Closing Accounts That Are In The Deceased’s Name – Executor Duties 101

“Closing Accounts That Are In The Deceased’s Name” is part of the Executor Duties 101 series, an occasional series by that highlights steps in the process of settling an estate.

If you are the executor of an estate, you know you need to close many types of accounts. From turning off cable television service and getting out of cellphone contracts to closing bank accounts and selling stocks, there can be a lot of calls and stops to make.

For many, the most difficult part of this process is figuring out what information is needed to close these accounts. Here are some tips from our legal team, as well as some details about how I stayed organized when I served as executor for my parents’ estates.

The first step when considering what will be needed to close an account is to think like a lawyer. For example, what if someone walked into a bank, asked to close another person’s account and take all the money? What sort of proof would you expect them to provide? What would assure the bank’s lawyer that they were authorized to do so and were not a thief?

First, a lawyer likely would advise a bank to ask for the personal identification of the person wanting to withdraw the money. And they’ll probably want that in the form of a current driver’s license or government-issued ID that includes a photo. Therefore, the first thing you need to bring with you when closing accounts is your own identification.

Next, a lawyer probably would ask why you wanted to close the account. So you need to provide proof of death in the form of a death certificate. Finally, a lawyer would want to know what gave you the authority to take the money. If you are the estate executor, you will have letters of testamentary issued to you by the probate court, so be sure to take that document with you.

Beyond these documents, you may need other information, depending on the account you are closing. While most banks, utility companies, and other service providers can search for an account via the deceased’s address or phone number, it is wise to have the account number handy when you call or visit to cancel an account.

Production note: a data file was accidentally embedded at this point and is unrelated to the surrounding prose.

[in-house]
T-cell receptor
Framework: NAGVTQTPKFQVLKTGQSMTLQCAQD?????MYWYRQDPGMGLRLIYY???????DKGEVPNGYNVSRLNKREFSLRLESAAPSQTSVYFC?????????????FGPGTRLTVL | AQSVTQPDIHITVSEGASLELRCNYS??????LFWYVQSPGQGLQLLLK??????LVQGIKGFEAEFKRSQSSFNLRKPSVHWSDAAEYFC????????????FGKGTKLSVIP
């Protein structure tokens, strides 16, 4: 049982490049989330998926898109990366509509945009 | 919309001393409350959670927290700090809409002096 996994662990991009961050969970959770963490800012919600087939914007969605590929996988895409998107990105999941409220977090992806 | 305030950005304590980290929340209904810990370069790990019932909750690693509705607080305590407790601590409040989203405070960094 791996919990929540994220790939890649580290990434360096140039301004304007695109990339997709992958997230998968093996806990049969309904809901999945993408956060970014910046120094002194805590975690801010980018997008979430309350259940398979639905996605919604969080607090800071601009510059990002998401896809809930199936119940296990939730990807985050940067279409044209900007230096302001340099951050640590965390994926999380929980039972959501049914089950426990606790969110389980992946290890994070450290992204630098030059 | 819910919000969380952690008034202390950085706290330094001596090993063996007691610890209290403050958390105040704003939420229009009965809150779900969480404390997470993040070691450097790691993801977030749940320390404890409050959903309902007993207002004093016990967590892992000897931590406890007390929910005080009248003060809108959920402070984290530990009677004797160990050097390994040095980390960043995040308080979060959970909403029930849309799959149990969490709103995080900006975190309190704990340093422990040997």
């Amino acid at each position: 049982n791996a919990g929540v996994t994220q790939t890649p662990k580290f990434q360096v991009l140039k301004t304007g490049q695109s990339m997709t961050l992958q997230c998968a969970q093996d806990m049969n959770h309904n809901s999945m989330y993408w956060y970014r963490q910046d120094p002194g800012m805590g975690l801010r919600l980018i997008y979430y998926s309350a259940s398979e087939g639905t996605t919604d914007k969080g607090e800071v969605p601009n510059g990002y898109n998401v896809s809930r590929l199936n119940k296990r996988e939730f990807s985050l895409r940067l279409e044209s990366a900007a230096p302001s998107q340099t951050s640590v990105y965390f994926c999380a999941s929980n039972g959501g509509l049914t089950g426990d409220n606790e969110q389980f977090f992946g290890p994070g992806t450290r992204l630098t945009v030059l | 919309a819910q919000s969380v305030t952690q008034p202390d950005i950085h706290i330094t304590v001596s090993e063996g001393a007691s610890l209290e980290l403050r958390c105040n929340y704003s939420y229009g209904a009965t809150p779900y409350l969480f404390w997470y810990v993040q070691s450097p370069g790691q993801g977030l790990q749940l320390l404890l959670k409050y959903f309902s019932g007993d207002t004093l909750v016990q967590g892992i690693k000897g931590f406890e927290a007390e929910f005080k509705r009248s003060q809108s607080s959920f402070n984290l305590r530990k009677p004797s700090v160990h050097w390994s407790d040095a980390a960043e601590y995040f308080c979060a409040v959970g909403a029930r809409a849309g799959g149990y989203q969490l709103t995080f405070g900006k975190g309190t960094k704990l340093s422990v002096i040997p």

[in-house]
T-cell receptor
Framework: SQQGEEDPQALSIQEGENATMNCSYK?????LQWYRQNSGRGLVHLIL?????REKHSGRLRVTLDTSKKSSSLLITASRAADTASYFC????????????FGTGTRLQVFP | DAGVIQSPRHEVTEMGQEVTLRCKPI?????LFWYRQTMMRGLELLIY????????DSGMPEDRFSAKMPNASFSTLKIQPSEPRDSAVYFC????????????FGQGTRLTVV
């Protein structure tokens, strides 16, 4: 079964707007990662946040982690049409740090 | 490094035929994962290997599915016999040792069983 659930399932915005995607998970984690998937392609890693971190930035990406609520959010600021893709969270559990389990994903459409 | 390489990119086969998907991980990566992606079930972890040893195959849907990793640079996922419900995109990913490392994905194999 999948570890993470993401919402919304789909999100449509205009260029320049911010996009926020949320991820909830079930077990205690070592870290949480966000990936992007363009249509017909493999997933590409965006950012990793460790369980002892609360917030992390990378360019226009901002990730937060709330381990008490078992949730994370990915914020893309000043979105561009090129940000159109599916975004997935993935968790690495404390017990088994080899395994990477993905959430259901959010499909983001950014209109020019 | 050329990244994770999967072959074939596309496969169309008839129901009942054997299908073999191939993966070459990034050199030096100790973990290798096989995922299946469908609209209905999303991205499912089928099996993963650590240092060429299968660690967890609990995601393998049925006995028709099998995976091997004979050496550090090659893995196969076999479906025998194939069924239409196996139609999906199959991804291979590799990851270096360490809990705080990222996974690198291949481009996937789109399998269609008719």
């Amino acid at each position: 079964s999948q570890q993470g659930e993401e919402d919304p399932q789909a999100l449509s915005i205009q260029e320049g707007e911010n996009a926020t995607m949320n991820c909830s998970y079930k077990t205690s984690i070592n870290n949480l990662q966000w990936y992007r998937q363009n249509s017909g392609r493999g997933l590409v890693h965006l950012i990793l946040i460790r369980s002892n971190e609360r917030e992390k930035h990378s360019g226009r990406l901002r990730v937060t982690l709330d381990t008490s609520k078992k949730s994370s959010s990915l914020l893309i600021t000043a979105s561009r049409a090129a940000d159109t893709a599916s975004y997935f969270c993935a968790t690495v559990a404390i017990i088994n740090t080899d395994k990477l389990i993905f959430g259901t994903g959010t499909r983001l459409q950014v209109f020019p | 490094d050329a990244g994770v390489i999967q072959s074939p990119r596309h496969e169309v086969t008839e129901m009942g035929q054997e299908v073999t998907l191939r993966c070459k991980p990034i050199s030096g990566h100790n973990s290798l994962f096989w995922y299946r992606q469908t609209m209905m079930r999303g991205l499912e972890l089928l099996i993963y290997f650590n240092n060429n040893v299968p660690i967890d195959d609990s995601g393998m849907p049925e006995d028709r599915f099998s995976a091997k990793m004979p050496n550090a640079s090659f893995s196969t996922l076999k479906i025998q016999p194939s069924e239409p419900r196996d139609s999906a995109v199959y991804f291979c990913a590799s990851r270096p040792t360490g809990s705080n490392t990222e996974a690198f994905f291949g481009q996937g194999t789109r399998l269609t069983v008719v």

If you are closing a bank account or selling stocks, etc., you also will need to have specific information about where to deposit the money. Keep in mind that money that belonged to the deceased should not mingle with your own personal money nor anyone else’s, even temporarily.

That means you will need to have a dedicated bank account for the estate and any monies from account closures, refunds and credits need to go there.


Personally, when I was preparing to take care of closing my parent’s accounts, I found myself contending with a lot of paperwork, including bank statements, bills, insurance documents, investment reports, etc. So I recommend that you set aside some time to get organized early in the process.

I kept a folder with the documents most commonly needed to close or move their accounts — the death certificate, the estate bank account information, letters of testamentary — so whenever I needed them, they were easy to find. I even made sure the folders were color-coded, which made them easier to find among the other paperwork that collected in my filing cabinet.

The process of closing accounts can be tedious. But it is important to not procrastinate in doing so, especially in cases where the estate is paying for services (cable TV, phone service, etc.) that are not needed and are only draining money from the estate.

With a little preparation and organization, you can make sure you don’t waste time making repeated calls or visits (or end up being held legally accountable for allowing estate funds to be wasted on unneeded services).